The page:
The DITA 1.2 Sea-Change
Five years after the initial version of DITA was released, the DITA 1.2 specification came out in December 2010. The development of DITA 1.2 within OASIS was somewhat chaotic, with a number of incomplete proposals approved, with the dependencies of elements within some sections not being recognized until the final stages, and with much of the weight of the process falling to only a few OASIS Technical Committee members to review. The number of DITA tags available for use ballooned significantly, adding to the perceived complexity of the specification. One commentator summed up the new standard in one word: “messy”.
While the process that led to the DITA 1.2 specification may have been less than perfect, a number of significant new features came with it, including:
- The ability to classify content via Subject Scheme;
- Link indirection using keyrefs and keys;
- Constraints to limit the number of tags available;
- Optional, more generalized (“general task”) task topic type in addition to the existing “strict” topic type;
- Better handling of glossaries and terminology management;
- Learning and Training specialization;
- A number of additional tags for refining divisions of content, new ways to refer to maps and topics, and more.
Indirect Linking via Keys
Arguably the most significant feature within the DITA 1.2 specification was the indirect linking via keys. Keys allowed content creators to assign a “name” to a reference. Now, instead of referring to a specific object (topic, image, map, etc.) by its filename, a content creator could refer to the assigned name, or key, instead. This indirect way of referring to content was not only a convenient feature for writers, but also significantly enhanced the portability of content, as it was easier to update a single key reference to an object than changing all the URIs if the object was moved or renamed. The feature also enabled more sophisticated conditional processing, further promoting content reuse.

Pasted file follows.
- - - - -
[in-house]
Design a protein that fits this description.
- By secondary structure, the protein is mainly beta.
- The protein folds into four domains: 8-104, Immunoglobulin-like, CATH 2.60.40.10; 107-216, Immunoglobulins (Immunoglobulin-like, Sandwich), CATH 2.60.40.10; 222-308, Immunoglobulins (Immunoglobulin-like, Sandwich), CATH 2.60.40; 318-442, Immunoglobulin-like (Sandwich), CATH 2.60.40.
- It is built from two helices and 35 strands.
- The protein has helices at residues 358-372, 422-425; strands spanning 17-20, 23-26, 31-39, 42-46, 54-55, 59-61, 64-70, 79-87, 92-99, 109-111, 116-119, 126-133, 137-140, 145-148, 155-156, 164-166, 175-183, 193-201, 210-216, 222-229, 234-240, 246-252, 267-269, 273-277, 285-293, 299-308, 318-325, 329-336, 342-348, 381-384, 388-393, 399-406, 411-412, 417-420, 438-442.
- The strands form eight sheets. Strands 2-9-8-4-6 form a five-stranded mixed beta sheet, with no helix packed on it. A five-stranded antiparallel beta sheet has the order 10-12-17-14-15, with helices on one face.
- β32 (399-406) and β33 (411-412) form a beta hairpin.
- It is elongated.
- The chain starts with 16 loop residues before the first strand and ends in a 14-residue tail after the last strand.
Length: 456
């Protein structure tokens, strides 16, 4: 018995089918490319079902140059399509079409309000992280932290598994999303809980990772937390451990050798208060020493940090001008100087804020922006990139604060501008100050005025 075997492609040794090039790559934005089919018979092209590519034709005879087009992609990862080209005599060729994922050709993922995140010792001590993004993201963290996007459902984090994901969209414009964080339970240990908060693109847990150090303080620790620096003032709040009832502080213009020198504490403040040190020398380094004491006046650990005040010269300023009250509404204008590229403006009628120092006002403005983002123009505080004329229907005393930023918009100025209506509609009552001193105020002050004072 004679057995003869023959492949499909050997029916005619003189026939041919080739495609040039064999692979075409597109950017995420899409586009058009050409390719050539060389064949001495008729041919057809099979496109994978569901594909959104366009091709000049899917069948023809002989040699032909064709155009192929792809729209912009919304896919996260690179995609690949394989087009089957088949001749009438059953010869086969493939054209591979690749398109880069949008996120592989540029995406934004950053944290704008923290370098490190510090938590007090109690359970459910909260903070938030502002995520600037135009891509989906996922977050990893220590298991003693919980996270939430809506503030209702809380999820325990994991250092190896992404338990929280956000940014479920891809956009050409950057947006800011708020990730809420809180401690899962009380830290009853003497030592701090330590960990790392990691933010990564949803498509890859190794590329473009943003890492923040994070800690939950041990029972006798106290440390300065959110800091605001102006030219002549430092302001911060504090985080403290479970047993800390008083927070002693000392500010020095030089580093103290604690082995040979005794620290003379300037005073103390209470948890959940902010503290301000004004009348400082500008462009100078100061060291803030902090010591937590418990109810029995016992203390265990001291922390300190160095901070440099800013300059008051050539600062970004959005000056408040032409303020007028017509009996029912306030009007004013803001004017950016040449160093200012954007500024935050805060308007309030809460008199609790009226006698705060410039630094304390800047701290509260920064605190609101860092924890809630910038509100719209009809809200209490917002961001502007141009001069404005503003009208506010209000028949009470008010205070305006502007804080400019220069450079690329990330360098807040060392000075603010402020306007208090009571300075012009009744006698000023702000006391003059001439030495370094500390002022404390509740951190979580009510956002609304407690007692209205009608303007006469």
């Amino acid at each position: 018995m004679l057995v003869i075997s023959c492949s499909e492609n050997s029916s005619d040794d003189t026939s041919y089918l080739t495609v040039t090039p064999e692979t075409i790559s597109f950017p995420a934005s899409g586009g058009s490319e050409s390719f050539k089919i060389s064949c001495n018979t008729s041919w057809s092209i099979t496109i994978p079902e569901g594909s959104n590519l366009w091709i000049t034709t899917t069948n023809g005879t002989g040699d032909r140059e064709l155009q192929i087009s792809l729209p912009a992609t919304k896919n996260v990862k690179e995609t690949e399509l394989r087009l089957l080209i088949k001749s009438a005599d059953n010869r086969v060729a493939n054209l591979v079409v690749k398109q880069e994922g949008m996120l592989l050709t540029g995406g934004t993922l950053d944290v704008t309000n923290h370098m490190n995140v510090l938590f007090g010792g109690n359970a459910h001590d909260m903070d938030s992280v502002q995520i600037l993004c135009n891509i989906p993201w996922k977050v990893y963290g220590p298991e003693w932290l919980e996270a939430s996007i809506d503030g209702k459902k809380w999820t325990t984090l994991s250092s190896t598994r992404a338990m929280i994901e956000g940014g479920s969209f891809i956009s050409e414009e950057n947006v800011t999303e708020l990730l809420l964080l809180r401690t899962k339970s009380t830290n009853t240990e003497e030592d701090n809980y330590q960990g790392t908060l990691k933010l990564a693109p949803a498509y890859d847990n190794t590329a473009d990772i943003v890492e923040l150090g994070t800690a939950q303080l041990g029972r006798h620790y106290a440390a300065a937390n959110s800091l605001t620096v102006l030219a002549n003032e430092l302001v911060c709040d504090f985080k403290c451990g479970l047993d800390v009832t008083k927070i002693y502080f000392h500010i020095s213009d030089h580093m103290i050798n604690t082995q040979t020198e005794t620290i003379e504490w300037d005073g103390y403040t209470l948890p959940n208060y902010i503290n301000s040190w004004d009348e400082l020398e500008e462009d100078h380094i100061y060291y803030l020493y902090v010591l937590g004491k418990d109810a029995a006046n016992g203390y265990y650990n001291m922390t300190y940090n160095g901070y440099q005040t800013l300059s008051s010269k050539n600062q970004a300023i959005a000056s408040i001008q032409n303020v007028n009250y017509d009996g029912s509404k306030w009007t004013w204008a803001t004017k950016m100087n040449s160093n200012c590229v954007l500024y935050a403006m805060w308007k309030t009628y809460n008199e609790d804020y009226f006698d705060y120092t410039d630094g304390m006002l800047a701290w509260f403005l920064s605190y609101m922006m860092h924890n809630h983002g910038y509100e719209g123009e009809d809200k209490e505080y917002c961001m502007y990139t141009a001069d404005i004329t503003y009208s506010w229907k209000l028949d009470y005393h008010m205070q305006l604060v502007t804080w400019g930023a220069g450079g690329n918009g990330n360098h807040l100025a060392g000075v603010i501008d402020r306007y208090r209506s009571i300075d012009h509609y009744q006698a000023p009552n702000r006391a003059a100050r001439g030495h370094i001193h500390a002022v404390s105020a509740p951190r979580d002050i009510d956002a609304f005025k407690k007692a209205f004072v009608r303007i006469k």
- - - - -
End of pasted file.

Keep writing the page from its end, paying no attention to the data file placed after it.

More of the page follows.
But it took significant time for features such as this to gain significant traction. This was due in part to the specification’s greater focus on software tool developers, making it harder for DITA content creators to fully understand what many of the new features were intended to do. It also took a while for many software tools to become fully DITA 1.2 compliant. By late 2013, roughly a third of all DITA XML editors listed on DITAWriter.com were not fully DITA 1.2 compliant. While lack of full tool support likely hindered the wider adoption of features specific to DITA 1.2, most of the information architects and content creators who worked with DITA for five years are aware of its benefits.
What to Expect with DITA 1.3
Considering the problems that plagued the development and launch of the DITA 1.2 specification, the OASIS DITA Technical Committee took steps to make the process of creating the DITA 1.3 specification easier. Additions to the developing specification now went through a three-stage process. Approval of an initial proposal was the first step, followed by approval of the overall design of the idea, with the hurdles set higher than for DITA 1.2. If an idea passed the second stage, it went through a final edit round and was added to the draft specification.
The goal of this revamped process was to ensure full oversight of all possible dependencies between one idea and another. The members of the DITA Technical Committee also cleaned up the wording of DITA 1.2 material incorporated in the updated DITA 1.3 specification, with a clear focus on consistency, style and terminology, and, in some cases, re-writing existing sections for greater clarity. The new specification is supplied in three separate versions, designed to make it easier for software vendors and users to focus on portions of the standard for their specific needs. As of the time of writing (late-September 2015) DITA 1.3 is in final draft stage and is expected to officially launch by the end of this year.
DITA 1.3 offers many new features. Some of the more significant ones include:
- Branch filtering: DITAVAL conditions can now be associated with particular nodes within a map (previously this could only be done within a root map);
- Built-in support for content-sensitive Help: allows content creators to set attributes for specific callback IDs and their context along with positional information;